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Should prescribing changes be kept?

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By Josh Loeb

The chief executive of the RCVS has spoken about being ‘under pressure from both sides’ over remote prescribing.

Lizzie Lockett (pictured) said some stakeholders were clamouring for pandemic-related changes to be made permanent, while others lobbied for a return to the status quo ante.

She said the profession had to ask itself what was best for animal health and welfare, in addition to questions about accessibility of care and public health, when weighing up whether to retain changes to allow a greater degree of telemedicine in the UK.

‘We’ve heard this phrase “we’ve kind of let the genie out of the bottle” or “we’ve opened Pandora’s box” on remote prescribing and can we go back? I suppose the first question has to be, do we want to [go back]?’ she said.

While the college ‘shouldn’t be afraid to go back [to the previous state of affairs] if that’s genuinely the right thing to do’, she said it should come to a considered judgement.

Change may have been quick but reflection should be measured

Speaking during a panel discussion about regulators’ views on the use of telemedicine – part of the Digital Veterinary Summit, held on 25 August – Lockett added: ‘Change may have been quick but reflection should be measured.’

Her comments come after the RCVS extended its temporary guidance allowing vets to prescribe prescription-only veterinary medicines remotely up to 30 September.

Vets have been allowed to prescribe for animals without first carrying out a physical examination since 24 March. The change was introduced in response to the public health and animal welfare emergency brought about by Covid-19 and the UK having gone into nationwide lockdown on 23 March.

‘We’ve been, as a regulator, much less risk averse,’ said Lockett. ‘There’s nothing like a public health crisis – and sadly people dying – to put things into perspective. Public health has had to come to the fore.’

Now, however, some tech innovators – who stand to benefit if the changes are made permanent – are calling for no return to the previous state of affairs, whereby remote prescribing was not permitted under the RCVS Code of Professional Conduct or supporting guidance.

‘In the UK we’re under pressure from both sides on this,’ Lockett explained. ‘Just yesterday there was a headline in one of the UK publications saying “Ending remote prescriptions is ‘foolish,’ RCVS warned”, which is a story generated, unsurprisingly, by the founder of one of the remote veterinary apps.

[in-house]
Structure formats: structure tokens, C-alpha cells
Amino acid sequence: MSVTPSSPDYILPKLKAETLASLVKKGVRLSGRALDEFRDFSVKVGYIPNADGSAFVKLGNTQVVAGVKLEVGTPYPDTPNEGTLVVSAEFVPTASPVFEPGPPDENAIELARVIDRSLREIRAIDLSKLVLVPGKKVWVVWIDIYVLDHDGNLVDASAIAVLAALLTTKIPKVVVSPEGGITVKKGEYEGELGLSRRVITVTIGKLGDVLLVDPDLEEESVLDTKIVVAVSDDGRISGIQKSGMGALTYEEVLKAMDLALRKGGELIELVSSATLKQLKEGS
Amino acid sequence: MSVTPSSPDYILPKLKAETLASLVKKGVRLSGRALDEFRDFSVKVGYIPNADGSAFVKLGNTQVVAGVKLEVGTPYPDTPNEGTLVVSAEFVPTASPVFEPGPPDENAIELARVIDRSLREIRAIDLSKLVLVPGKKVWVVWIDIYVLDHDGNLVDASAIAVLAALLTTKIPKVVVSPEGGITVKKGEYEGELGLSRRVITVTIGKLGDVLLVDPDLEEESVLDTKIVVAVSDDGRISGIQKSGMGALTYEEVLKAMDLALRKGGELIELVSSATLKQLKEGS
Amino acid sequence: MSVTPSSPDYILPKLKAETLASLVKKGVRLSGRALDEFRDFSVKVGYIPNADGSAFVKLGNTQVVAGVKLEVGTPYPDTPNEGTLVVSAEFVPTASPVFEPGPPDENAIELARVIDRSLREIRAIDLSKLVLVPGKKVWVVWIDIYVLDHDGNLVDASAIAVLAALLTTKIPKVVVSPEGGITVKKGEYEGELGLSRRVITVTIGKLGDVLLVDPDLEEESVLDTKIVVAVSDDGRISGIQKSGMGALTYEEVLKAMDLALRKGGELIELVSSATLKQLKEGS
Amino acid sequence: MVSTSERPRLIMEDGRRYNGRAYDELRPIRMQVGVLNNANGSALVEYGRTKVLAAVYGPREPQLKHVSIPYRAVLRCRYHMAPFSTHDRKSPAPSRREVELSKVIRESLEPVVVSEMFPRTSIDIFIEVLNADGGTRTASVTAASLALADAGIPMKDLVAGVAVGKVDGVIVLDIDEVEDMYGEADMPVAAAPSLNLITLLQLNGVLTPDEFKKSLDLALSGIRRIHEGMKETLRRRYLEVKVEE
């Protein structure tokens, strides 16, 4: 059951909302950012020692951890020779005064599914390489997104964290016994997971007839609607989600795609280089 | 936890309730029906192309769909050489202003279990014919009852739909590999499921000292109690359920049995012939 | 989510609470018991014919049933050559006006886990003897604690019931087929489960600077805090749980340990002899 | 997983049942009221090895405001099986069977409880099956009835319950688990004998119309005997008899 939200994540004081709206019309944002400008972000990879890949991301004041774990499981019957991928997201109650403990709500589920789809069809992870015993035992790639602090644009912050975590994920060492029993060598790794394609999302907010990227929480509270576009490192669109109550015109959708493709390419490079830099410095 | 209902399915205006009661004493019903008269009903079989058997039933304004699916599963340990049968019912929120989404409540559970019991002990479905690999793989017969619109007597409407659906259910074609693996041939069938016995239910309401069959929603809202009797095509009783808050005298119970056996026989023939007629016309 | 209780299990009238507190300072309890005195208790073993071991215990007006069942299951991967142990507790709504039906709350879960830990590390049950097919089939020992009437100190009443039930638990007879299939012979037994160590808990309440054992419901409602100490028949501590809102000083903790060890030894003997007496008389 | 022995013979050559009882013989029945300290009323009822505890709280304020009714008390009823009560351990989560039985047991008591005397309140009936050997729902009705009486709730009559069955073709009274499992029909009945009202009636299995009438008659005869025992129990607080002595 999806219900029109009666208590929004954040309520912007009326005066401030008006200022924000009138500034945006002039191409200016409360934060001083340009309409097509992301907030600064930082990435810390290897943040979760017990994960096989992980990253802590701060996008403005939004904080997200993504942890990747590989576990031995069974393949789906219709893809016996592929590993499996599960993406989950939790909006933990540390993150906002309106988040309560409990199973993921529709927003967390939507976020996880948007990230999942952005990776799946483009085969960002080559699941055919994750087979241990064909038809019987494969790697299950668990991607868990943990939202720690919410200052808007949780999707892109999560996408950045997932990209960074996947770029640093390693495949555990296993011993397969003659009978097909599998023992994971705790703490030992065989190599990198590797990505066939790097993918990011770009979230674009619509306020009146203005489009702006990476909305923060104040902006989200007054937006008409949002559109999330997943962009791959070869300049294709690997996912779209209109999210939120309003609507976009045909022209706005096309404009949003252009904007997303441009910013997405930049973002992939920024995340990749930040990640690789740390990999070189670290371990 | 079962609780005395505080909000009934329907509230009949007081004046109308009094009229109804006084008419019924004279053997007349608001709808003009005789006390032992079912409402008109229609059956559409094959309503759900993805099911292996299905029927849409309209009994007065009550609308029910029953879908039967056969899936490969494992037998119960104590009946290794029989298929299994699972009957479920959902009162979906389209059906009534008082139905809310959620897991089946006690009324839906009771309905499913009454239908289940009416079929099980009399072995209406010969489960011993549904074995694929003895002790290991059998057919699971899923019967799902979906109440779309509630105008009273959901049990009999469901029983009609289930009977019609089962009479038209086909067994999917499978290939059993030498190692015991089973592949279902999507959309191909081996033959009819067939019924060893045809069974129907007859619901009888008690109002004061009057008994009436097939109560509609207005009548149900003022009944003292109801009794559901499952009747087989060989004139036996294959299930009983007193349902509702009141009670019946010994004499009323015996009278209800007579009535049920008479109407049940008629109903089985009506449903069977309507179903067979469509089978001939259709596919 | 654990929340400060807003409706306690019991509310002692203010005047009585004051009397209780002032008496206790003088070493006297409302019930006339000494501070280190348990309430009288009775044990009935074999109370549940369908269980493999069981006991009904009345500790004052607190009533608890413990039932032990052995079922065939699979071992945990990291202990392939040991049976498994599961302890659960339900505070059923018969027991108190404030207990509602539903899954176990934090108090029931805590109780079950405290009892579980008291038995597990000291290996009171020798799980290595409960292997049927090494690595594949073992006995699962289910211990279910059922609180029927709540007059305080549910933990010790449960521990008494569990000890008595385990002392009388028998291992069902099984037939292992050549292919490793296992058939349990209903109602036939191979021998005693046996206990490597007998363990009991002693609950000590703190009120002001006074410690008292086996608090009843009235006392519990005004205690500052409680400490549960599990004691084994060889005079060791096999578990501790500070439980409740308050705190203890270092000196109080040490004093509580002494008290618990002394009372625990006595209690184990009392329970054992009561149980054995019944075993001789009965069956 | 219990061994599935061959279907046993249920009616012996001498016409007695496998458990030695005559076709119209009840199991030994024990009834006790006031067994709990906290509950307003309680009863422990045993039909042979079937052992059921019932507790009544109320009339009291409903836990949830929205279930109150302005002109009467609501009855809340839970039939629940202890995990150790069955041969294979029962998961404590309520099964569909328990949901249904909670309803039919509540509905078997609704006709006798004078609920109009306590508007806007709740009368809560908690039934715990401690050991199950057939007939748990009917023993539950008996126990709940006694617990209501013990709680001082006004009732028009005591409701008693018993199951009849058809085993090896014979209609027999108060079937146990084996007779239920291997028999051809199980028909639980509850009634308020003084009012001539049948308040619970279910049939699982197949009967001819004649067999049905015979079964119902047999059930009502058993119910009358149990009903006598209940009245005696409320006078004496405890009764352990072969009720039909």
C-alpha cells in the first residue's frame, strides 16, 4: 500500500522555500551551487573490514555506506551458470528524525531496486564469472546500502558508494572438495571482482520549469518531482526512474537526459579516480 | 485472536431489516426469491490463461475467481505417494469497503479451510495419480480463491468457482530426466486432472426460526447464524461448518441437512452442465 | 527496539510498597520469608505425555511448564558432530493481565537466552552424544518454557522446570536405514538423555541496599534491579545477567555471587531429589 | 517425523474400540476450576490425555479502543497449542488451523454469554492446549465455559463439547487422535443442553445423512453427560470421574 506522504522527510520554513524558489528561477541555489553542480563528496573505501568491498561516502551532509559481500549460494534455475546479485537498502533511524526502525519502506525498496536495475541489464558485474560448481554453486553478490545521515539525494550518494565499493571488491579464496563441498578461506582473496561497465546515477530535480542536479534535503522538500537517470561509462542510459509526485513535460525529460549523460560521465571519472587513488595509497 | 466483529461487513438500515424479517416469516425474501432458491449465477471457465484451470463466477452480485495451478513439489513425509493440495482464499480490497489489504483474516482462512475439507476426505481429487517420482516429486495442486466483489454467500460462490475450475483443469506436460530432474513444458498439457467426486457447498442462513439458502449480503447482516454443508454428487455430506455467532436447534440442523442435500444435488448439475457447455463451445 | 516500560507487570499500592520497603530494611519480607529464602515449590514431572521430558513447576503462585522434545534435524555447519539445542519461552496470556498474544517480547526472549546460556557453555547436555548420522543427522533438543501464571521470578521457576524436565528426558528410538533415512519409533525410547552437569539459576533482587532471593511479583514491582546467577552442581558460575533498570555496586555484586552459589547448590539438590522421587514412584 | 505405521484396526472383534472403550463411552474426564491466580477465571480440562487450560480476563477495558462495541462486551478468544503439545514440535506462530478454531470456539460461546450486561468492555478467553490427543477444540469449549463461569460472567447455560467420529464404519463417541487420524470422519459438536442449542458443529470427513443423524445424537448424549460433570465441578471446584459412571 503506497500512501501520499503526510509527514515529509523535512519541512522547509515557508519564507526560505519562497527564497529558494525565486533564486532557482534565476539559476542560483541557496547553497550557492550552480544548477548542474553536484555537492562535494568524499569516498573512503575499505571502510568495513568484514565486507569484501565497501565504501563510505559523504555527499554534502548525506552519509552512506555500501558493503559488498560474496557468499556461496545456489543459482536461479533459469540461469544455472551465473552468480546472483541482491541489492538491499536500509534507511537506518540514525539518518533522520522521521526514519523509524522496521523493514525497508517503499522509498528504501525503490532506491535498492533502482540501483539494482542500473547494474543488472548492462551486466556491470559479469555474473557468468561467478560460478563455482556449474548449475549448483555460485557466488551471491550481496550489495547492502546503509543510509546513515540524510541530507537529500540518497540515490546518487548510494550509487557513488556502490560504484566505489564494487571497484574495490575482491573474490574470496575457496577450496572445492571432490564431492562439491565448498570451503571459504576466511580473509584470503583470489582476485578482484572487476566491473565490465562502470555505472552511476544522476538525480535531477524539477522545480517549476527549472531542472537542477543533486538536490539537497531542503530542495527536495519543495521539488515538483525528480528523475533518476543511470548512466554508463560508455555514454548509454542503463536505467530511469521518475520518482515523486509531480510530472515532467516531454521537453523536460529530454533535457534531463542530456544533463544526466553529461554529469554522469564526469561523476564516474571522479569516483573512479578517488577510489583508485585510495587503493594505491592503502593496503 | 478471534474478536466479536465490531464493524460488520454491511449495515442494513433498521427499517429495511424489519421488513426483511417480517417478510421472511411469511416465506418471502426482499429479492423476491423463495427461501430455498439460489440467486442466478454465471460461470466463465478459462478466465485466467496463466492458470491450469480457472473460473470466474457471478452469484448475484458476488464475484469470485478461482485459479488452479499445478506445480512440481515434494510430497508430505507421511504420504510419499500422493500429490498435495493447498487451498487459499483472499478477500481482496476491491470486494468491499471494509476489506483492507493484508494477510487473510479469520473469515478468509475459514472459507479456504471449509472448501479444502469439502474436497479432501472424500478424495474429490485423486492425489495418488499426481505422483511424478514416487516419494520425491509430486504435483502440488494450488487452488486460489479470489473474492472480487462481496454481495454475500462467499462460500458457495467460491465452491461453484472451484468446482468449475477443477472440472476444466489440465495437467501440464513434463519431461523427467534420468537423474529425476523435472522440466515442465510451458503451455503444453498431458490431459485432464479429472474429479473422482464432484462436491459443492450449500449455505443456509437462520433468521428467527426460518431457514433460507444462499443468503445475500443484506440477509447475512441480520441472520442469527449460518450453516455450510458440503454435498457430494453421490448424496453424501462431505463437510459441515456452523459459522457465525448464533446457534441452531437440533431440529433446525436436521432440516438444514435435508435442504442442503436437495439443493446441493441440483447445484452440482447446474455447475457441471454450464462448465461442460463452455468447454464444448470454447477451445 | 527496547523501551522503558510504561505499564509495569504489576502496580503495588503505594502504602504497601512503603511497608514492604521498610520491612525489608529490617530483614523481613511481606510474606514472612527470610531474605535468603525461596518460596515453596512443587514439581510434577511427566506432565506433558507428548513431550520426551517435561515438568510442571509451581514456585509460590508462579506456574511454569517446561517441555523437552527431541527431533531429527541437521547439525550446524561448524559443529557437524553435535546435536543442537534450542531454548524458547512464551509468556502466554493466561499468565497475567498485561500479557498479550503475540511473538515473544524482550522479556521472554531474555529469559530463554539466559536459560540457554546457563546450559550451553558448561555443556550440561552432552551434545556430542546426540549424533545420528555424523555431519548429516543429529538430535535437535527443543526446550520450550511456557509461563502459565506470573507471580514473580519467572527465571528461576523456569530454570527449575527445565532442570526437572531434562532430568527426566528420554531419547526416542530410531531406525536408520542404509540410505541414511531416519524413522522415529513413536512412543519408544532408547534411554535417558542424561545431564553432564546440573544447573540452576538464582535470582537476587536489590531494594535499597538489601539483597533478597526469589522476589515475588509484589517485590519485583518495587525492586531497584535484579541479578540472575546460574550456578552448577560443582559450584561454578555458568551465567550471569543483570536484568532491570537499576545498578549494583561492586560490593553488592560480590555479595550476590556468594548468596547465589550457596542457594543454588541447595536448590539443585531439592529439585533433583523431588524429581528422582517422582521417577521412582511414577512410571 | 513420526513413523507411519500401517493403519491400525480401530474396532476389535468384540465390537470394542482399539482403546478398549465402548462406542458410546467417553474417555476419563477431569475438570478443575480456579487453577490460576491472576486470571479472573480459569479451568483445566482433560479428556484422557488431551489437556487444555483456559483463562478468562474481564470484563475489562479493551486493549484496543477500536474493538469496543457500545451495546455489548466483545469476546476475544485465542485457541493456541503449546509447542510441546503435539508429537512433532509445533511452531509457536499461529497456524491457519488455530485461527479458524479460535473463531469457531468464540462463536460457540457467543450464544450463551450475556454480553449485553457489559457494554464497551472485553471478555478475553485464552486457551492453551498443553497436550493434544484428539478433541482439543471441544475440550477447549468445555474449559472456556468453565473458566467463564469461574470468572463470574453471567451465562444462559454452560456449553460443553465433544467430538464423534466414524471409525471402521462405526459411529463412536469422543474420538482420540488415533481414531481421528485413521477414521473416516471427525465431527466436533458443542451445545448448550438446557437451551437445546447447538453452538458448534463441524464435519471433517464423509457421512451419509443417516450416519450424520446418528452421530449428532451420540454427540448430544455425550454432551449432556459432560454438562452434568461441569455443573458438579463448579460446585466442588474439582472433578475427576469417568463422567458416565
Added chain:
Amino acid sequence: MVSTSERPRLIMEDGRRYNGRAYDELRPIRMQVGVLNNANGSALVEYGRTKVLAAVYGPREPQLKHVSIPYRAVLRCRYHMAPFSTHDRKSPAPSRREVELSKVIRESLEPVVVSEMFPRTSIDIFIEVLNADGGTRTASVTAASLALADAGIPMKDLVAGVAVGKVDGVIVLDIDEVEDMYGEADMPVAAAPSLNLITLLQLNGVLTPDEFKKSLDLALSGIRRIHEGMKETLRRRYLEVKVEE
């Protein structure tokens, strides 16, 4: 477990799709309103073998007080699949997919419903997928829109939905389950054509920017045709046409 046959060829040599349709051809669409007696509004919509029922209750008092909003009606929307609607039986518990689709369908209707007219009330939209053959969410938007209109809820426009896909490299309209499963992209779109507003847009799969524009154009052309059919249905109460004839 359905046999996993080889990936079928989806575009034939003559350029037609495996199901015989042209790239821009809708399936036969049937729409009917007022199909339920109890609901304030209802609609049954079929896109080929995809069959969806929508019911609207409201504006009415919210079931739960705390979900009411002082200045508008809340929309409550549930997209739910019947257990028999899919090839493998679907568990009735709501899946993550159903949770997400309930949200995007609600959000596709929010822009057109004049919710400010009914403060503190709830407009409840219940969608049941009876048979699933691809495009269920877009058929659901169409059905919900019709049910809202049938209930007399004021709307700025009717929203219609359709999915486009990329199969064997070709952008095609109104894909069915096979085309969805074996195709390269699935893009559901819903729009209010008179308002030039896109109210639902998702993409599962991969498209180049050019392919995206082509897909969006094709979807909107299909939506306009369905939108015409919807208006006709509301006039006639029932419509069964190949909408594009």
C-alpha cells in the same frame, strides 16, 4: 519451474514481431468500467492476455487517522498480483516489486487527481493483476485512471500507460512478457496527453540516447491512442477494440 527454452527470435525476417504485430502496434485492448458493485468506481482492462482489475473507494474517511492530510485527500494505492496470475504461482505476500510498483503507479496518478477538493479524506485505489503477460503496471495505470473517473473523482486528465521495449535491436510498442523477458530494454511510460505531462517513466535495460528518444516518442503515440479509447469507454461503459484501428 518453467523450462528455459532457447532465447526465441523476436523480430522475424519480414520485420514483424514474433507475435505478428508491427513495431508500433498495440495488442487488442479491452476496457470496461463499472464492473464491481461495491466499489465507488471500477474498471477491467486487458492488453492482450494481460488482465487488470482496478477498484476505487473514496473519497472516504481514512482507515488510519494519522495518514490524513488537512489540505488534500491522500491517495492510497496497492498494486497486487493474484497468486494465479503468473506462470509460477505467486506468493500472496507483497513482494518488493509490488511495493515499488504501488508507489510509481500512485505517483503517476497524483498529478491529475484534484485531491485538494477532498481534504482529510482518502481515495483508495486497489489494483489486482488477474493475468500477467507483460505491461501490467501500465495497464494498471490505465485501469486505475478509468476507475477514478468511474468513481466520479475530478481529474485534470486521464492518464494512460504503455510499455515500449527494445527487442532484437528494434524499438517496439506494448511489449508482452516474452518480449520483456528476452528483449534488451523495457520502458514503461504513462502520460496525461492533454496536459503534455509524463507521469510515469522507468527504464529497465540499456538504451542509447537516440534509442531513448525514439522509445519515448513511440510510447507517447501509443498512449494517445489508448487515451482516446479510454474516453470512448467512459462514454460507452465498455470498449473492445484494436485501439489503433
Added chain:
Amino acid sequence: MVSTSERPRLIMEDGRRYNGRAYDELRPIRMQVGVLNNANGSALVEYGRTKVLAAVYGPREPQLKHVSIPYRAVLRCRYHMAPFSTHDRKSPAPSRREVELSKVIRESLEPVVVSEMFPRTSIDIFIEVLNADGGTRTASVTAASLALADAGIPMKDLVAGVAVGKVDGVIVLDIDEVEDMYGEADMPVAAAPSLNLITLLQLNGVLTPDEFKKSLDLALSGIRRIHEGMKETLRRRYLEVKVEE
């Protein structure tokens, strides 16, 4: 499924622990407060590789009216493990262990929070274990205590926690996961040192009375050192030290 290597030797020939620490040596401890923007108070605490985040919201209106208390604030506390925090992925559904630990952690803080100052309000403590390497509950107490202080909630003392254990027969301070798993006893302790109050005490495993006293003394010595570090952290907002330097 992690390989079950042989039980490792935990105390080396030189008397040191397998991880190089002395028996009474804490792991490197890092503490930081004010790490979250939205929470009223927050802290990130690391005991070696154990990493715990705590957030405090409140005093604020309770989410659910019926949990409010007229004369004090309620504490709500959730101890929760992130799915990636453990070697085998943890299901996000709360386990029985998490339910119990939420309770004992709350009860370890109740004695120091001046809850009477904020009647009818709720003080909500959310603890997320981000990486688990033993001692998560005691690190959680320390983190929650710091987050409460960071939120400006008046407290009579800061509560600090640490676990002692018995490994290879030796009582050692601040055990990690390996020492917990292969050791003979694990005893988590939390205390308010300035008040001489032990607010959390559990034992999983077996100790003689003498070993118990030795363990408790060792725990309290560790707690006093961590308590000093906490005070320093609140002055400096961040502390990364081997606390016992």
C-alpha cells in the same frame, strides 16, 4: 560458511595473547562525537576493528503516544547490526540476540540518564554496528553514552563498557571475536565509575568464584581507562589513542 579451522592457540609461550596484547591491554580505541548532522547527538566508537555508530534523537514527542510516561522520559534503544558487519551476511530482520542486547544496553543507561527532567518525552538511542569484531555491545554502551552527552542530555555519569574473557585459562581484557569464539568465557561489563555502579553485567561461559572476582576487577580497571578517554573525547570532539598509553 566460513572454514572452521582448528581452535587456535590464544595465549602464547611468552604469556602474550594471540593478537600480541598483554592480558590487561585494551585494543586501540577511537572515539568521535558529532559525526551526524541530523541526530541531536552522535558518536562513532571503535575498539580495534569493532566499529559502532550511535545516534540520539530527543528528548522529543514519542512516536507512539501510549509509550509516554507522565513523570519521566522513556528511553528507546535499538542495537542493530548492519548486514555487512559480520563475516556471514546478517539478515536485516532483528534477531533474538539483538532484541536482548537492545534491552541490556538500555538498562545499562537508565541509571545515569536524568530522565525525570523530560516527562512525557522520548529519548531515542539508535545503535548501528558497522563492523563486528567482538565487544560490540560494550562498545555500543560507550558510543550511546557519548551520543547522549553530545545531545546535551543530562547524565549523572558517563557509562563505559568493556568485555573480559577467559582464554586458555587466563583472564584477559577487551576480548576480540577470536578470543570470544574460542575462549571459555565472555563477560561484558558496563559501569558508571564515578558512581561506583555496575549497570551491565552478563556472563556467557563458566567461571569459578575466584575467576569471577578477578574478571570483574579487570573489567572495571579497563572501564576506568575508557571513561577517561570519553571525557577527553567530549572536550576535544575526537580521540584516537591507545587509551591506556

‘Equally, I’m lobbied on a daily basis by those who want to return to the [previous] status quo as soon as possible. They believe that remote prescribing is inefficient, inaccurate and risky. So we’re trying to sort of sit in the middle and balance these two things.’

Lockett stressed that the decision to permit remote prescribing temporarily had been taken to ameliorate the ‘difficult circumstances’ engendered by the pandemic and lockdown and was not influenced by any other factors.

‘We’ve found it’s allowed practices to continue to work safely and provide access to veterinary services,’ she also said. ‘It means individuals in the practice team who may be shielding can continue to contribute meaningfully and that animal owners who may be unwilling or unable to travel have been able to access veterinary care. So from an animal welfare perspective it’s been positive.’

• If vets don’t focus on adding value and offering ‘multimodality care’ – including the use of internet-based communication, phone, video, chat and texting – clients could look elsewhere for veterinary care services, experts warned. See full story online at 10.1136/vr.m3414

Accessibility versus regulation

Also on the panel for the discussion of regulators’ views on telemedicine were Jan Robinson, chief executive of the College of Veterinarians of Ontario in Canada, and Jim Penrod, executive director of the American Association of Veterinary State Boards, a USA-wide regulators’ association.

Robinson discussed how necessity had been the mother of invention during the pandemic. She said: ‘I think we would all agree that this pandemic has been a great nudge in terms of some of the uptake and, at the very least, the discussion related to virtual care.’

Penrod, meanwhile, talked about how in the USA there was a perceived clash between accessibility of care and regulation. The latter, he said, was also seen by some as stifling innovation.

‘One outside group that is sort of anti-regulation suggests that we should just get rid of [veterinary] licensure in the USA and create a system like Amazon with clients – the public – giving stars to their veterinarian. So, you know, is this a ‘five star’ veterinarian or a ‘one star’ veterinarian, and so on,’ he said.

‘As a regulator one of the challenges is that you truly want to protect the public and you see some systems where they get people from the outside that take advantage and post fake things – that kind of thing. It’s always been a challenge to balance access to care with this idea that we protect the public and animals.’

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